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It's quite easy to end up with empty pixels.
This is when your pixel size (which is your grid size) is so small that it can't realistically fit any pen waves into each pixel.
Differently expressed, it means your pen is so thick that it can't draw anything in the pixel space other than either empty, or solid. No shading in between.
Look below for what happens when you put thicker and thicker pens into the machine without making compensating adjustments:
Ok, it's getting clearer now that there's a relationship between the size of a pixel, and the size of the pen you can usefully shade that pixel with.
With the medium pen, there's six different levels of detail that can be expressed, but because there's eleven different input values, some input values get merged with their neighbours.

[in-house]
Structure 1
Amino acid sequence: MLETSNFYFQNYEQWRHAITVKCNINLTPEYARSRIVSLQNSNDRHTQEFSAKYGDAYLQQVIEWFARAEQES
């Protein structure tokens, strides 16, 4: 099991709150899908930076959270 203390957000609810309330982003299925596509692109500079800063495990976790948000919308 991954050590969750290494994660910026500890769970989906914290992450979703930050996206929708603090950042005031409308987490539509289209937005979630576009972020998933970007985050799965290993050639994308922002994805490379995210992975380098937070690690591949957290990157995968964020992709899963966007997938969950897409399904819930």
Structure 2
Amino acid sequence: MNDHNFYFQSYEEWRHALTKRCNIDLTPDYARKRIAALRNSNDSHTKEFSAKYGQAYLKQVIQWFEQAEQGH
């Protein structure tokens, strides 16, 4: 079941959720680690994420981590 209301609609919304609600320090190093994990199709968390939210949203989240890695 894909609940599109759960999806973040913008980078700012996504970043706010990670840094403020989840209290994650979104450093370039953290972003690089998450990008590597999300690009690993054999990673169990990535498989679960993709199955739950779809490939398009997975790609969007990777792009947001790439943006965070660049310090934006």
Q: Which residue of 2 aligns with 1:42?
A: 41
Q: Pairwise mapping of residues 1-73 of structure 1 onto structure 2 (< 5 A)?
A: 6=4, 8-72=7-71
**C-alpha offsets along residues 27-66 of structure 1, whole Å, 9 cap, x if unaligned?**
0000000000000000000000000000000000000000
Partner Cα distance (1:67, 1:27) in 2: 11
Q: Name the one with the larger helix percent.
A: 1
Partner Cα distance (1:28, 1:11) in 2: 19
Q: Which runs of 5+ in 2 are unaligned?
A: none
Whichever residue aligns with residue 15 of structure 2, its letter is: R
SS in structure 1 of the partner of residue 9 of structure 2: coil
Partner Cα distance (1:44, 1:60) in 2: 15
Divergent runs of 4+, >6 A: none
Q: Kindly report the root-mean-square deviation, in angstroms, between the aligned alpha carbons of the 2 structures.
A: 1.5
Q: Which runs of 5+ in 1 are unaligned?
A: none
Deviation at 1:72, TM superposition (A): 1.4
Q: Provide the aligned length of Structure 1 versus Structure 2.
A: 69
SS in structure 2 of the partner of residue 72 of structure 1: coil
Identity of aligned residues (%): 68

We're really in trouble with the thickest pen: There's really only two levels of detail that can be expressed in such a small pixel: Empty (a line), or solid (one wave).
What this means that anything that is light will be lost entirely (as in the empty pixel picture at the top), and anything that is dark will be rendered as solid black.
Grid size, pen size, resolution and shading detail are interlinked, and tightly interlinked when using a small grid. Try to resist the temptation to use a very small grid to get lots of detail. It doesn't work that way. Below a certain point, you start losing shading detail pretty suddenly.
- Use a smaller pen, or increase your grid size.
- Do a pen width test at your chosen grid size to see what you can expect, and to measure your actual pen tip width.
- Remember that pen width is NOT saved on the machine when it is rebooted. You need to do send pen width from the controller after each reset, or include it in your exported command queue.
- Look at the message responses in the controller app when you are sending your pixel drawing commands, and your send pen width commands. The machine will warn you if it thinks you're about to waste your time, but it won't stop you (Feedback in the controller).